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If you are a car enthusiast, you will find factory-fitted steel rims and tyres quite boring, which is why it makes sense to upgrade to stylish alloy wheels and wider tyres. While upgrading to new tyres is exciting, it’s not uncommon to go over the top and buy a set of wheels or tyres that turn out to be a poor decision down the road.
Here are a few things that should help you upgrade to the right set of wheels and avoid mistakes that most car enthusiasts make.
Knowing your requirement
What do you need the new rims for? Merely aesthetics, or performance, or both? Alloy wheels are not only stylish, but they are also lighter than steel rims. But keep in mind that alloy wheels are less durable and more susceptible to damage than their counterparts. If you can live with it, go for it.
If your stock tyre specification says 185/65/R15, for instance, and you want to upgrade to bigger and wider tyres, make sure the rim diameter, which is denoted by R15 in the aforementioned example, should not exceed R17. Getting a rim bigger than that may cause handling and suspension issues. And in all possibility, the R17 may not fit into the wheel arch without using lift kits. Consult a reliable mechanic in Rozelle regarding wheels and tyres upgrades.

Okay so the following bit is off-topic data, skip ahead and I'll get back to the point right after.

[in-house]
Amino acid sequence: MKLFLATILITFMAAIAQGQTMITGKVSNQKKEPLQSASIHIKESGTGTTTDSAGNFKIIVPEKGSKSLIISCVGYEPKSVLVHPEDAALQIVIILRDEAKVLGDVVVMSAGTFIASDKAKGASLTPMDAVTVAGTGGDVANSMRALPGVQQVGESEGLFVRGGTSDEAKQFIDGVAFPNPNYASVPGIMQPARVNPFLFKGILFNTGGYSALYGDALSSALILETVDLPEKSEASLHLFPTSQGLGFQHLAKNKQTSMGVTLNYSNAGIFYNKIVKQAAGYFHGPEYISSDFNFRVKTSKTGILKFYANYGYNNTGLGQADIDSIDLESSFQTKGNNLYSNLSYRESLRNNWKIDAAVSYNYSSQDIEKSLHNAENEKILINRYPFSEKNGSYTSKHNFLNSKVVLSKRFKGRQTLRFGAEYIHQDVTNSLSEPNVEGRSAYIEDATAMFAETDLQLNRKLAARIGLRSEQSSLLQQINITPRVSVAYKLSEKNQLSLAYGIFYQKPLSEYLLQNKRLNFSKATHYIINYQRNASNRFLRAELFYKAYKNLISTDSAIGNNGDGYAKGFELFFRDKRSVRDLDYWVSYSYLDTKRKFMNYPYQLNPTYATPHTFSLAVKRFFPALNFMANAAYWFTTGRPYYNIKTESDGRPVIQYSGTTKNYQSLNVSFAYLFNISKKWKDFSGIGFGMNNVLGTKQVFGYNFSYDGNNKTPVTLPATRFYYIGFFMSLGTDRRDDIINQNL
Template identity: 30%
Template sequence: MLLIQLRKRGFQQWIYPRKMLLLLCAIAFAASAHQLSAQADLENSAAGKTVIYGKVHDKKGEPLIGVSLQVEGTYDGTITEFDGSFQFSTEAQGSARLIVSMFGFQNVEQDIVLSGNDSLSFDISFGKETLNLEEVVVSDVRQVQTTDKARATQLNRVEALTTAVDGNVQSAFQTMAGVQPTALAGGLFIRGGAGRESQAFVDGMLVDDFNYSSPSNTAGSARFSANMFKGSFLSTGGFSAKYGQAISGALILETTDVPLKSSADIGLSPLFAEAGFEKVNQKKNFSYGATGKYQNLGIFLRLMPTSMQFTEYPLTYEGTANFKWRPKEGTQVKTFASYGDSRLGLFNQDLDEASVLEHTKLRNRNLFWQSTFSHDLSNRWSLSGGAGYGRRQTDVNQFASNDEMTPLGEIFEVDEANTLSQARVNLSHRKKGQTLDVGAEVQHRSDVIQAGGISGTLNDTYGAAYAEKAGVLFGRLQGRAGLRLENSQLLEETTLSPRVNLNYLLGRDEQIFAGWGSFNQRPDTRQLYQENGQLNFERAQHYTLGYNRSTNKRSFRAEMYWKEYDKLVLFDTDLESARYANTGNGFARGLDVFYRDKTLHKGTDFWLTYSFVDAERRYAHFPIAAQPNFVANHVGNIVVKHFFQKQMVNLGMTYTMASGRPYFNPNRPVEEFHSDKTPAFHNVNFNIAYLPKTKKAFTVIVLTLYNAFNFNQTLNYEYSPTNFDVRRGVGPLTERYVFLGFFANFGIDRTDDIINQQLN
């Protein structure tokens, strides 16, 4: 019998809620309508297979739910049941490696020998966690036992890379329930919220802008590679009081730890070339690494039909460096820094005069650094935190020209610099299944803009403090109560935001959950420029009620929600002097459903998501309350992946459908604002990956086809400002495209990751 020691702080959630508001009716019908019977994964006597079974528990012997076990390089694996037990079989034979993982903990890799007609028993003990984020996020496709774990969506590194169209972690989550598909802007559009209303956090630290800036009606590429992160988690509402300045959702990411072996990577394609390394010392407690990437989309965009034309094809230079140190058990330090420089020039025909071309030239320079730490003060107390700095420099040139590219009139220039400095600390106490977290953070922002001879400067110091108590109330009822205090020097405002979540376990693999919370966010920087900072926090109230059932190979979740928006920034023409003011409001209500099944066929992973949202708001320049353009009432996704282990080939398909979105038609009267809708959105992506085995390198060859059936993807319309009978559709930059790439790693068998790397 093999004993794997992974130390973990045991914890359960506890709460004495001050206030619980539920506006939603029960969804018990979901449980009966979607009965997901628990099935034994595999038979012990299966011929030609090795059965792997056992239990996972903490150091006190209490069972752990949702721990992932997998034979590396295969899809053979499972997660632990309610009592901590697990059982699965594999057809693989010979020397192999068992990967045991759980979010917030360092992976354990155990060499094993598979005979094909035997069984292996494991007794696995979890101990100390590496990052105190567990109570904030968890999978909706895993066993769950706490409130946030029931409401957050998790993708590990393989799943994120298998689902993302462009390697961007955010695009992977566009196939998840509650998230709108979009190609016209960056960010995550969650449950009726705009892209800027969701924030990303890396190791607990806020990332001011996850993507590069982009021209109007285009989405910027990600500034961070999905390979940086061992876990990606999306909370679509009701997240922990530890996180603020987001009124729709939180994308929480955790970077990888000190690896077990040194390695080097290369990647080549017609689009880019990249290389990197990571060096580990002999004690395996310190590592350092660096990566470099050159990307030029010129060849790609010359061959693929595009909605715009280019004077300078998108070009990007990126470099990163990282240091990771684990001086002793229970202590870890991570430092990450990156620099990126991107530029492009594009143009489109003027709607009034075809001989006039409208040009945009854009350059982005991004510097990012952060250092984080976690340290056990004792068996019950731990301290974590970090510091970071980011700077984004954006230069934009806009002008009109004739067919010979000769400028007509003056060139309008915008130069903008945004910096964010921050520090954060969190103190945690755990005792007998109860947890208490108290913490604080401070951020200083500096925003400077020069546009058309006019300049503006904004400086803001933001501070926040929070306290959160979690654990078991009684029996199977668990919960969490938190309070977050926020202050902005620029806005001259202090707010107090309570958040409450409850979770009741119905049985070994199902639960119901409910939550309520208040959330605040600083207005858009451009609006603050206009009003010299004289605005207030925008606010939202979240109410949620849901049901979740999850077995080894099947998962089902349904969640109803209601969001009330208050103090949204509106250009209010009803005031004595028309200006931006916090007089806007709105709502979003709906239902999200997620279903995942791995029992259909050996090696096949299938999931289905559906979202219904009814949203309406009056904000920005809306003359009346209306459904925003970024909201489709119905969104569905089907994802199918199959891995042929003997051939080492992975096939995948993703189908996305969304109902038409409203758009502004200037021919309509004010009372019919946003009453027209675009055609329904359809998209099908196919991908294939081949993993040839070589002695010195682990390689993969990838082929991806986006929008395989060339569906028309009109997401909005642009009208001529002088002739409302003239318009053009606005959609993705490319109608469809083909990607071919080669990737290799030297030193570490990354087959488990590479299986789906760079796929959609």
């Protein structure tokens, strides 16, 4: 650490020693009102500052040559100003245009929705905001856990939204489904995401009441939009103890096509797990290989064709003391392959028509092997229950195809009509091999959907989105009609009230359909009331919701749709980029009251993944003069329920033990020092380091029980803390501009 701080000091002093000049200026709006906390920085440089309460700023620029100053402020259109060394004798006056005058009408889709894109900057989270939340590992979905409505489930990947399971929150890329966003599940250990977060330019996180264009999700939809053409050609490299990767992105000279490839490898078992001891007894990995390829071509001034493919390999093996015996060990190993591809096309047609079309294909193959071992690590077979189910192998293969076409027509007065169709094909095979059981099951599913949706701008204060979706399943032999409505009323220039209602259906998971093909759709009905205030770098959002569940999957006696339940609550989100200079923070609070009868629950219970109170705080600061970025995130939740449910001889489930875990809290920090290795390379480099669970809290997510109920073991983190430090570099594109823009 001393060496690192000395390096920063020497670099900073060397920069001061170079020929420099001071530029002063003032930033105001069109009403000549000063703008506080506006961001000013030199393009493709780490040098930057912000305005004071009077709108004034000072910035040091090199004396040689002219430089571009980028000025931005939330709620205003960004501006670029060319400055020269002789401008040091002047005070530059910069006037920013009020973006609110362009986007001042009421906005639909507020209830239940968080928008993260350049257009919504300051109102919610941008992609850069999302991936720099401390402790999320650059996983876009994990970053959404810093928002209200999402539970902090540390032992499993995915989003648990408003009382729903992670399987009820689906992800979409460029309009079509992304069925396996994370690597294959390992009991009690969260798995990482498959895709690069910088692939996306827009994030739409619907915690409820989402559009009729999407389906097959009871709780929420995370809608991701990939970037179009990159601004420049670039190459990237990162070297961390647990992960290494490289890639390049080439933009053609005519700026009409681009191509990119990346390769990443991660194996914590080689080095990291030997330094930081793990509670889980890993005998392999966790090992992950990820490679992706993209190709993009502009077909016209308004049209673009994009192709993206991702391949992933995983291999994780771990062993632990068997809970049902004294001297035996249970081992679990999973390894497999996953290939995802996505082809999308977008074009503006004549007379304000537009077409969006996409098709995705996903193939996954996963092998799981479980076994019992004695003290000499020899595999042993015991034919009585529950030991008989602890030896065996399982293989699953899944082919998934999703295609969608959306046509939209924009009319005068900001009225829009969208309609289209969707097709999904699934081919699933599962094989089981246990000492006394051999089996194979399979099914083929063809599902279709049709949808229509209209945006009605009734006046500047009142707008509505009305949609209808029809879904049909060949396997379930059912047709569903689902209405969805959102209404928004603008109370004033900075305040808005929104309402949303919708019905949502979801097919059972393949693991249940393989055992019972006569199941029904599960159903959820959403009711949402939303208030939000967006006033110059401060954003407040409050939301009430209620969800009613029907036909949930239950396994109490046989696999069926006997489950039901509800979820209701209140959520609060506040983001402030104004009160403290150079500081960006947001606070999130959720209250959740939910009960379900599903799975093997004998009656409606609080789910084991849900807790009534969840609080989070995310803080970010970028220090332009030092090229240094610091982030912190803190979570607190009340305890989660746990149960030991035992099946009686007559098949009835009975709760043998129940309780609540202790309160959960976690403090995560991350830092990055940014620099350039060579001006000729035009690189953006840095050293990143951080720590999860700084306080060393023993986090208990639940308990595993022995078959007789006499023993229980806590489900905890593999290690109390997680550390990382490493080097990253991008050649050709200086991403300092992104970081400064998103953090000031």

Let’s consider the above example, 185/65/R15. Here, 65 is the tyre profile, which is the aspect ratio and is measured from the base of the tread to the rim. Low-profile tyres have gained immense traction in the car modification industry. If you are planning to upgrade to low-profile tyres, keep in mind that poor-quality rims can cut through the tyre over time. Even if you invest in high-quality rims, it is important that you drive carefully through potholes or over the speed breakers to avoid tyre damage. Our tyre repair specialists in Sydney can recommend the best tyre profile based on your requirements and driving preference.
Load Index and Speed Symbol
Not all tyres are designed to withstand heavy loads and high speeds. For someone who likes to do 200+ kph highway pulls, the recommended Load Index and Speed Symbol will be different from someone who drives 120 km an hour. So, when you are shopping around, factor in the Load Index and Speed Symbol too. Your tyre dealer can help you pick the best fit.